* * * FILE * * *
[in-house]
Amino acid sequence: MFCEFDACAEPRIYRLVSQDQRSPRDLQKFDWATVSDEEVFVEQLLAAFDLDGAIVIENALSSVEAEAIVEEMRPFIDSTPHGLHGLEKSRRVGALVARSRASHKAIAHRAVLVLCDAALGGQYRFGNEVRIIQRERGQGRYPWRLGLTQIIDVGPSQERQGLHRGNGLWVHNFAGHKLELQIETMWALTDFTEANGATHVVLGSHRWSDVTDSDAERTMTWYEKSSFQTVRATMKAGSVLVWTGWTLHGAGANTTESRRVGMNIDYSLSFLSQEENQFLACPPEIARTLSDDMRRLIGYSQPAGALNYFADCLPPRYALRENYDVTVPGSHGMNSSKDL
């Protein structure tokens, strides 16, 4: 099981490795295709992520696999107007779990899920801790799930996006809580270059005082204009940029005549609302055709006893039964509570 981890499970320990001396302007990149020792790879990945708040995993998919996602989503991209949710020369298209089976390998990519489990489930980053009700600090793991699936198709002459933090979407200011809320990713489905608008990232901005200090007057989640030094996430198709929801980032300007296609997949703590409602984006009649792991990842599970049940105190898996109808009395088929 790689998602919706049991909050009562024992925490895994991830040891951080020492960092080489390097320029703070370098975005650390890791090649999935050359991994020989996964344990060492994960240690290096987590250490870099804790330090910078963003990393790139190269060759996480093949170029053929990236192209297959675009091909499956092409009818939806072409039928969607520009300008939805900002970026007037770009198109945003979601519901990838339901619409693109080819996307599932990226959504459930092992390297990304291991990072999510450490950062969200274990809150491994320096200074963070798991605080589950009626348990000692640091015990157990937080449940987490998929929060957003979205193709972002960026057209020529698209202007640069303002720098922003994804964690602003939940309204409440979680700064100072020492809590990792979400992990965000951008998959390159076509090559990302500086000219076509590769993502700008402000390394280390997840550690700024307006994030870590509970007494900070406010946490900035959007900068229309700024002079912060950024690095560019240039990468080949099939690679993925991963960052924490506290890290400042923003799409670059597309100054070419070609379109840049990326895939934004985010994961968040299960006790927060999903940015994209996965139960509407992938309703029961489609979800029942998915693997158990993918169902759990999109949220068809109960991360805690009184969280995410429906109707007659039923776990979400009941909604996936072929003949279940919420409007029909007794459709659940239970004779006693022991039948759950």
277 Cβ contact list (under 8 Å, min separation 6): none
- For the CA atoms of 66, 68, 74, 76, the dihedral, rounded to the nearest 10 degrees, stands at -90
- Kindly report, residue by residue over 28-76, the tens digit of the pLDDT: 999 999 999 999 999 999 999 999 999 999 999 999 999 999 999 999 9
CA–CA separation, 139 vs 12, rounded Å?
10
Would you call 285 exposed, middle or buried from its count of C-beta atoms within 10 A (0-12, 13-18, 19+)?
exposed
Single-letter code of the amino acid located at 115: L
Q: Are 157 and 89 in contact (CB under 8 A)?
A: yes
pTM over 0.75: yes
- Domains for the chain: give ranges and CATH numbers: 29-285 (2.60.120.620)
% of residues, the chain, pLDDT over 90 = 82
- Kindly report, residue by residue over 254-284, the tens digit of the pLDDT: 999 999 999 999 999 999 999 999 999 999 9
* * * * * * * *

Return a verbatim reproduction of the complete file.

[in-house]
Amino acid sequence: MFCEFDACAEPRIYRLVSQDQRSPRDLQKFDWATVSDEEVFVEQLLAAFDLDGAIVIENALSSVEAEAIVEEMRPFIDSTPHGLHGLEKSRRVGALVARSRASHKAIAHRAVLVLCDAALGGQYRFGNEVRIIQRERGQGRYPWRLGLTQIIDVGPSQERQGLHRGNGLWVHNFAGHKLELQIETMWALTDFTEANGATHVVLGSHRWSDVTDSDAERTMTWYEKSSFQTVRATMKAGSVLVWTGWTLHGAGANTTESRRVGMNIDYSLSFLSQEENQFLACPPEIARTLSDDMRRLIGYSQPAGALNYFADCLPPRYALRENYDVTVPGSHGMNSSKDL
């Protein structure tokens, strides 16, 4: 099981490795295709992520696999107007779990899920801790799930996006809580270059005082204009940029005549609302055709006893039964509570 981890499970320990001396302007990149020792790879990945708040995993998919996602989503991209949710020369298209089976390998990519489990489930980053009700600090793991699936198709002459933090979407200011809320990713489905608008990232901005200090007057989640030094996430198709929801980032300007296609997949703590409602984006009649792991990842599970049940105190898996109808009395088929 790689998602919706049991909050009562024992925490895994991830040891951080020492960092080489390097320029703070370098975005650390890791090649999935050359991994020989996964344990060492994960240690290096987590250490870099804790330090910078963003990393790139190269060759996480093949170029053929990236192209297959675009091909499956092409009818939806072409039928969607520009300008939805900002970026007037770009198109945003979601519901990838339901619409693109080819996307599932990226959504459930092992390297990304291991990072999510450490950062969200274990809150491994320096200074963070798991605080589950009626348990000692640091015990157990937080449940987490998929929060957003979205193709972002960026057209020529698209202007640069303002720098922003994804964690602003939940309204409440979680700064100072020492809590990792979400992990965000951008998959390159076509090559990302500086000219076509590769993502700008402000390394280390997840550690700024307006994030870590509970007494900070406010946490900035959007900068229309700024002079912060950024690095560019240039990468080949099939690679993925991963960052924490506290890290400042923003799409670059597309100054070419070609379109840049990326895939934004985010994961968040299960006790927060999903940015994209996965139960509407992938309703029961489609979800029942998915693997158990993918169902759990999109949220068809109960991360805690009184969280995410429906109707007659039923776990979400009941909604996936072929003949279940919420409007029909007794459709659940239970004779006693022991039948759950």
277 Cβ contact list (under 8 Å, min separation 6): none
- For the CA atoms of 66, 68, 74, 76, the dihedral, rounded to the nearest 10 degrees, stands at -90
- Kindly report, residue by residue over 28-76, the tens digit of the pLDDT: 999 999 999 999 999 999 999 999 999 999 999 999 999 999 999 999 9
CA–CA separation, 139 vs 12, rounded Å?
10
Would you call 285 exposed, middle or buried from its count of C-beta atoms within 10 A (0-12, 13-18, 19+)?
exposed
Single-letter code of the amino acid located at 115: L
Q: Are 157 and 89 in contact (CB under 8 A)?
A: yes
pTM over 0.75: yes
- Domains for the chain: give ranges and CATH numbers: 29-285 (2.60.120.620)
% of residues, the chain, pLDDT over 90 = 82
- Kindly report, residue by residue over 254-284, the tens digit of the pLDDT: 999 999 999 999 999 999 999 999 999 999 9